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Bears’ special teams could loom large vs. Texans

Corey Woottcelebrates scoring touchdown blocked punt with teammate Blake Costanzo. | Getty Images

Corey Wootton celebrates scoring a touchdown on a blocked punt with teammate Blake Costanzo. | Getty Images

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KICKOFFS

RETURNING

Inside-20 Avg.

Rank Team starts start

1. BEARS 3 26.0

2. Vikings 5 25.2

3. Bills 2 25.1

4. Giants 13 24.3

5. Jets 9 24.2

32. Texans 8 19.3

Coverage

Inside-20 Avg.

Rank Team starts start

1. BEARS 10 19.5

2. Saints 11 19.7

3. Browns 14 19.9

4. Raiders 6 20.1

5. Seahawks 10 20.2

32. Texans 9 26.1

Updated: December 11, 2012 6:12AM



Life on the Bears’ special-teams’ coverage units is a controlled race where everyone wins just as long as someone does their job.

But the race is very real.

“We really legitimately fight over tackles,” Bears safety Anthony Walters said.

“We argue on the sideline of who got there first,” linebacker Blake Costanzo said. “But that’s the competition.”

That equates to top-notch coverage units, which could be a key for the Bears against the Houston Texans on Sunday night.

Devin Hester’s struggles aside, the Bears’ special teams have performed well almost all year. They have succeeded with their main objective: giving the offense and defense good field position, especially on kickoffs.

Entering Week 10, the Bears led the NFL in average starting position after kickoffs (26.0) and average starting position of opposing teams (19.5). The Texans rank last in both.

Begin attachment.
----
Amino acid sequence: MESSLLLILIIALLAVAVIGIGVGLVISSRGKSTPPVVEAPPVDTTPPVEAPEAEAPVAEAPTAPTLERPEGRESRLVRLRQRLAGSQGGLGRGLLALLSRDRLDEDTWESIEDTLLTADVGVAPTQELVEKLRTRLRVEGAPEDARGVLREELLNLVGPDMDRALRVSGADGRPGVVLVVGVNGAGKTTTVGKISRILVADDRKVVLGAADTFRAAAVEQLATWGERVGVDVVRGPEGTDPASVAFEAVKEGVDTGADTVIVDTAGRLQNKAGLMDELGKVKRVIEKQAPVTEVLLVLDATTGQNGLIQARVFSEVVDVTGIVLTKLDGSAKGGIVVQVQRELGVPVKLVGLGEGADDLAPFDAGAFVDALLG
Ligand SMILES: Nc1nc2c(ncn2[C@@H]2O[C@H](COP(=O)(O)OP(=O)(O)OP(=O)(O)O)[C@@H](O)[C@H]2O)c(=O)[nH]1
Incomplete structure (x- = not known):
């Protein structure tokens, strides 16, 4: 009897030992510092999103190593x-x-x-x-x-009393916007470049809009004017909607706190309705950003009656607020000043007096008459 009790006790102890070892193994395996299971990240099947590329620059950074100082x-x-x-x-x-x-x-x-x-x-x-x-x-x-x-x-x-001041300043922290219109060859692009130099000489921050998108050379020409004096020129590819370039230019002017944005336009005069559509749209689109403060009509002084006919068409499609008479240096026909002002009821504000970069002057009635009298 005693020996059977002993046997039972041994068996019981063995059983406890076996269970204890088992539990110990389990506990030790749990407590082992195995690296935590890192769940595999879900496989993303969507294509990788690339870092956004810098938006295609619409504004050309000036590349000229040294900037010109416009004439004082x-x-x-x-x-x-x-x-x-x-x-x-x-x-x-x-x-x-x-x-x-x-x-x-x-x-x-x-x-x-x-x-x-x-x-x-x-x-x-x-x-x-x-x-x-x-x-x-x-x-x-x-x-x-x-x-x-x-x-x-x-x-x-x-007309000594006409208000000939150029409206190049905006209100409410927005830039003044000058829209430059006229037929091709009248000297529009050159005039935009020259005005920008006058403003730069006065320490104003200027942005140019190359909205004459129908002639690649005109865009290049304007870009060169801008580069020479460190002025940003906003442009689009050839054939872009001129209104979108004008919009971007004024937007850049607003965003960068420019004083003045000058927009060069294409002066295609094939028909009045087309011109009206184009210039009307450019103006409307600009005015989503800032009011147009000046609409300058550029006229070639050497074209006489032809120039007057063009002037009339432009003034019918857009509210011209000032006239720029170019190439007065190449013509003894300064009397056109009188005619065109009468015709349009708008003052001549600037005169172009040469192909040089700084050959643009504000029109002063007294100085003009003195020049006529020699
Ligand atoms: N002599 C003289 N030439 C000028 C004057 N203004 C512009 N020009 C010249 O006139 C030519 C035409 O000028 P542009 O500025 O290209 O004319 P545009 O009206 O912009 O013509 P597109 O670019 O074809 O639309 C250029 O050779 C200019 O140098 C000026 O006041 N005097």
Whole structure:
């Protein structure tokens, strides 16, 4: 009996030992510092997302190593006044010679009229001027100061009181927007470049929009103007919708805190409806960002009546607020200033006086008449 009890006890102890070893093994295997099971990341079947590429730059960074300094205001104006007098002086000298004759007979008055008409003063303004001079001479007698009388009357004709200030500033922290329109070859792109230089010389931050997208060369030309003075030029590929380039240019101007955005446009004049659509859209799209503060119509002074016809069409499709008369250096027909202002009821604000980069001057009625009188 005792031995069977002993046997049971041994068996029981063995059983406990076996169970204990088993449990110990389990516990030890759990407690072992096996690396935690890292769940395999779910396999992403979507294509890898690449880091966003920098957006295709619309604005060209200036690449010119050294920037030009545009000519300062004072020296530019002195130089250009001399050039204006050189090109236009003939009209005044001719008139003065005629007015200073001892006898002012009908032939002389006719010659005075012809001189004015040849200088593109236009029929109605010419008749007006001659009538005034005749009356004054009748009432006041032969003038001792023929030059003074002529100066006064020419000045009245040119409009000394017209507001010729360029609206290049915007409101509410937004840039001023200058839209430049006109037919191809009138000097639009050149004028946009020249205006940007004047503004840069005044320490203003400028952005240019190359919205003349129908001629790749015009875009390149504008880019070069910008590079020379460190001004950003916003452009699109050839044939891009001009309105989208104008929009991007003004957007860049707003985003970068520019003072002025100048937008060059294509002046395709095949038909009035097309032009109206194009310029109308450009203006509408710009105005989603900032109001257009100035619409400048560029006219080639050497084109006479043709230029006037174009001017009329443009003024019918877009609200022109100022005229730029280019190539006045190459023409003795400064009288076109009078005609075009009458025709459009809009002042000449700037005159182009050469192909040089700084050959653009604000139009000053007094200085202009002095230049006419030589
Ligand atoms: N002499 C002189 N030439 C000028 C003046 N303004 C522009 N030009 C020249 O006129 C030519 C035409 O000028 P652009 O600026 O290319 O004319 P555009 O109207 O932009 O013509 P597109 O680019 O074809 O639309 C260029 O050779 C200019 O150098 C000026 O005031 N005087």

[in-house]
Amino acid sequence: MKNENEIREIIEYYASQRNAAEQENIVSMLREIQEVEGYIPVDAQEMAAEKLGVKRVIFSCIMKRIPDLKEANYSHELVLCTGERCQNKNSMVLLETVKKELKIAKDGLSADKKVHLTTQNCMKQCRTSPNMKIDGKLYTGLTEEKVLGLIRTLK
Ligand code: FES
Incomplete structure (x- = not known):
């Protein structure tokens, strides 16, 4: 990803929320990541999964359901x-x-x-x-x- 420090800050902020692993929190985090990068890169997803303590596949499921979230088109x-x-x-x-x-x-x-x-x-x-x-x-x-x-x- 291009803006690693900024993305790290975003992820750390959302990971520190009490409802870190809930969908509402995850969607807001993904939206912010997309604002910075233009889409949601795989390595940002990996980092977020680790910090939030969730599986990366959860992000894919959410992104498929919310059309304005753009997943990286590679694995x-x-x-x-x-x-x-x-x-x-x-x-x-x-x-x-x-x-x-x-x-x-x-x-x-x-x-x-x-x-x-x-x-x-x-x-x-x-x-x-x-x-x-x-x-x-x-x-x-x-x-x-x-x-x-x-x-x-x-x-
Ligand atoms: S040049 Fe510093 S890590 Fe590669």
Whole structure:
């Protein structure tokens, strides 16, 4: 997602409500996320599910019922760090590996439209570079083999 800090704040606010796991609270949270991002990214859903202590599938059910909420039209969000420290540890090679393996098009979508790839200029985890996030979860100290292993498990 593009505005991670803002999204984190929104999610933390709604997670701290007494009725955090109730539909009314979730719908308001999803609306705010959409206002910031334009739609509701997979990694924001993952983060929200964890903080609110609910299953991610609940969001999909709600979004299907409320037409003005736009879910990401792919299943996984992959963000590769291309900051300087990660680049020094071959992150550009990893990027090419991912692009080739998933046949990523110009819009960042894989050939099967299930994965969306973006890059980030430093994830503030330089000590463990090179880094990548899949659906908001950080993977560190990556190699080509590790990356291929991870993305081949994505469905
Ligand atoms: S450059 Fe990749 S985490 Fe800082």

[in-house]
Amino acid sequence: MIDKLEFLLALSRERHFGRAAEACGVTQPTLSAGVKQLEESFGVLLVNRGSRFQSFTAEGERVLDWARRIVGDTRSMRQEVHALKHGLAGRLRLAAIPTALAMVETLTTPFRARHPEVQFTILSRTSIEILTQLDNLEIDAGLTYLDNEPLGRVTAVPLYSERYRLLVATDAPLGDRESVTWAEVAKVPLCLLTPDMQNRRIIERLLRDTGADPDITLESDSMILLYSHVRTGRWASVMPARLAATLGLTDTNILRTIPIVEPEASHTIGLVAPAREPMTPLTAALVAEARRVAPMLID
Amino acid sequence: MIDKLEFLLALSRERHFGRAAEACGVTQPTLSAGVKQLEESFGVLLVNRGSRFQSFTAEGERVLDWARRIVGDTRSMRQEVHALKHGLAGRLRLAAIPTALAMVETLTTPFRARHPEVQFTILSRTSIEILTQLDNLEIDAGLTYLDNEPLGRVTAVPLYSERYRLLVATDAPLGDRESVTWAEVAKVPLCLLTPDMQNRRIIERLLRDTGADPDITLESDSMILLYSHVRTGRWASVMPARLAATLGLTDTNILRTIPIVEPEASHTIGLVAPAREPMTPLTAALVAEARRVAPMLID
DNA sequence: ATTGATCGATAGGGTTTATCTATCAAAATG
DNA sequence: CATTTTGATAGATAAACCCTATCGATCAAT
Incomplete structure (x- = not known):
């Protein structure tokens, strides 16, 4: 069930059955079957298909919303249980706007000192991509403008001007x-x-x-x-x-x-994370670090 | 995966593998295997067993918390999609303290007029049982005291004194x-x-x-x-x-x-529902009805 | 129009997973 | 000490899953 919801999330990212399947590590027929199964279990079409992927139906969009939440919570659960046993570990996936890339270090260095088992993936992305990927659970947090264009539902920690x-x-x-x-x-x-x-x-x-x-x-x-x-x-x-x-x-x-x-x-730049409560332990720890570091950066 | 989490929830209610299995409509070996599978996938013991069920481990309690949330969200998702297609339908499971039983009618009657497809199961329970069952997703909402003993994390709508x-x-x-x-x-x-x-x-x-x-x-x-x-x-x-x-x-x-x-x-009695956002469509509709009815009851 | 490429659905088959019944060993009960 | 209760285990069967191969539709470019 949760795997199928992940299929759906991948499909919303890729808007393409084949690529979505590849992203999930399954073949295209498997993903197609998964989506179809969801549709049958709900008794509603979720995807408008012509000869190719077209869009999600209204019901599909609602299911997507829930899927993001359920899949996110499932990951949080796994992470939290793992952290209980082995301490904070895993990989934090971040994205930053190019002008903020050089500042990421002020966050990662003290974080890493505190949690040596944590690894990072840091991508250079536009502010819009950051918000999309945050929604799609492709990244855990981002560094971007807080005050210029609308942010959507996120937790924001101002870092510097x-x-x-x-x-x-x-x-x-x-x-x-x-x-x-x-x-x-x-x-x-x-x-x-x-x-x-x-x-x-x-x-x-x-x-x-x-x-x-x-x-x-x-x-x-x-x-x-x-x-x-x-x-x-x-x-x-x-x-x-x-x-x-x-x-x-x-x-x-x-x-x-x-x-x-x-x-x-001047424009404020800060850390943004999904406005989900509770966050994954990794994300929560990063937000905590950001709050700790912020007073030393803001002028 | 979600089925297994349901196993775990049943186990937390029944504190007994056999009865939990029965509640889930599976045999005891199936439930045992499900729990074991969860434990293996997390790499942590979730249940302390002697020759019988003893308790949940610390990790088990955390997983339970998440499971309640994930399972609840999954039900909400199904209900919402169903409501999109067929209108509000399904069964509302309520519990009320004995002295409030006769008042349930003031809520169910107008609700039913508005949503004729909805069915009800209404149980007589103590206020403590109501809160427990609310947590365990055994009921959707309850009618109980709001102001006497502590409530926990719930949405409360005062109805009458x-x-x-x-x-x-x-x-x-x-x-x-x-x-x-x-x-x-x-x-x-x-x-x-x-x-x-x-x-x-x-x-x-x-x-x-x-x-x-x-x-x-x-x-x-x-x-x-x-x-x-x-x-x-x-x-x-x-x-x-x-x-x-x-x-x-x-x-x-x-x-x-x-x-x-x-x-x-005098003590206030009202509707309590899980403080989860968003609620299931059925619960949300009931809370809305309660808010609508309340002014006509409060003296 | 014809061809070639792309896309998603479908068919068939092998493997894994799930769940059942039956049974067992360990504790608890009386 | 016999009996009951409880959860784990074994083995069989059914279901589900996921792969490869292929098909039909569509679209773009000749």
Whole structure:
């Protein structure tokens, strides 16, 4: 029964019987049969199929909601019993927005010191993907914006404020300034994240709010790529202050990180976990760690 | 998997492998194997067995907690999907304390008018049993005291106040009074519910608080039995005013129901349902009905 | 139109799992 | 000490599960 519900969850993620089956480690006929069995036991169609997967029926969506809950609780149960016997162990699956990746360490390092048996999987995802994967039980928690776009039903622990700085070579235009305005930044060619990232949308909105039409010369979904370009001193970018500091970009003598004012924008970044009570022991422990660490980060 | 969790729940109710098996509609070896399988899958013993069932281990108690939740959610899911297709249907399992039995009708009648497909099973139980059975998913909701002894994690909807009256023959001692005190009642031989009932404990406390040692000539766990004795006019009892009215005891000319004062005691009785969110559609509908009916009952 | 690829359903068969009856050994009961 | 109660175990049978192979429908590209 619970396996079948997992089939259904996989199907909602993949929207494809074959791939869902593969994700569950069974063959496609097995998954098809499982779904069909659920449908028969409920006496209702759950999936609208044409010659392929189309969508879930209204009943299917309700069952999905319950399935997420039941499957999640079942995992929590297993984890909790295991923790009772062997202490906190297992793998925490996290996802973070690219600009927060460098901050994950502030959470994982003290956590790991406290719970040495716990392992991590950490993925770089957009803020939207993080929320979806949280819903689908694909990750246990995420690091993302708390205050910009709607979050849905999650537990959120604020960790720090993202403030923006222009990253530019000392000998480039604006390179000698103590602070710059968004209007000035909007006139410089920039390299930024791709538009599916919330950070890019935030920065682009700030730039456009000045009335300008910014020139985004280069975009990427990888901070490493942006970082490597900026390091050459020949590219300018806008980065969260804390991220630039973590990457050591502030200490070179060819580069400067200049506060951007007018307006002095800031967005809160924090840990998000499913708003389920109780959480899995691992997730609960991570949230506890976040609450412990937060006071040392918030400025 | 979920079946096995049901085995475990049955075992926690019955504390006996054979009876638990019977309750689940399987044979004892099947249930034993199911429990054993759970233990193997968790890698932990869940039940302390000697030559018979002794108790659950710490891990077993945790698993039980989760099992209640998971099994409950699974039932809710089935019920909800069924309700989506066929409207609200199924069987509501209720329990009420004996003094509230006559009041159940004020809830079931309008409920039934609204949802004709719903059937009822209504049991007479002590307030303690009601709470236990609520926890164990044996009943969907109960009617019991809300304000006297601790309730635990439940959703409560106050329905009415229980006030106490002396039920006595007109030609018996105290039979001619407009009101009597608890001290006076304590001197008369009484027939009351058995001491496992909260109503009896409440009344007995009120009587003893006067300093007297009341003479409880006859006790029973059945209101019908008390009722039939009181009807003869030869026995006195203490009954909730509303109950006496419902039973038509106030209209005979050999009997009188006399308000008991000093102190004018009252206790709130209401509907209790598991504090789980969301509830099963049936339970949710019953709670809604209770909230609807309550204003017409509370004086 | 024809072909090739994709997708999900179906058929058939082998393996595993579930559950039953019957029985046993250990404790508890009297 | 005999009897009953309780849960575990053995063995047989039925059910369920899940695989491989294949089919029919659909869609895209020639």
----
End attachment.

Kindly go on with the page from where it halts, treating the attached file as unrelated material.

According to Pro Football Focus, which breaks down each game play by play, the Bears’ special teams rank sixth. The Texans are 31st. Can that spell trouble for the Texans?

“Yeah, I think every game,” said Costanzo, who has a team-high 10 special-teams tackles. “You start out the game always with a special-teams play. Field position is important, especially in a game like this with two great defenses going against each other and two high-powered offenses.

“Maybe the field-position battle could become the determining factor, and obviously special teams is all about that.”

Despite having former Bears returner/safety Danieal Manning, the Texans use receiver Keshawn Martin as their primary returner. His career long is a 26-yard punt return last week against the Buffalo Bills. Receiver Trindon Holliday has the Texans’ longest return of the season, a 36-yarder in Week 2.

The Bears are averaging only 8.7 yards per punt return, but much of that can be attributed to teams kicking away from Hester. The same can be said about the Bears’ 18.3-yard average on kickoff returns, especially after the Carolina Panthers used several squib kicks.

But the Bears hope they have some momentum after defensive end Corey Wootton recovered a blocked punt by cornerback Sherrick McManis for a touchdown and Hester had a season-long 44-yard punt return against the Titans.

“Our No. 1 deal is to create field position for our offense and defense,” said special-teams coach Dave Toub, whose units consistently rank among the league’s best. “But anytime you can have a big play like that, it really creates a big spark for everybody.”

Preventing big plays, though, can be more crucial.

“The mentality is that we have a lot of guys who take it seriously,” Costanzo said. “You go from Eric Weems to J.T. [Thomas] to McManis, we’re all out there trying to make a tackle. We take pride in it. Our team devotes a lot of time to it. We go out there like we want to make a play just like the offense or defense will make a play.”

Walters, who has eight special-teams tackles, said the Bears’ units are better this year than last year.

“There’s confidence and trust,” Walters said. “There’s a lot of trust that has to take place, whether it’s Devin fielding the ball believing he has blocks set up and doesn’t need to fair catch it or whether it’s kickoff and guys going down there and having guys zoom around. It’s no different than on defense. You expect somebody to be there.”



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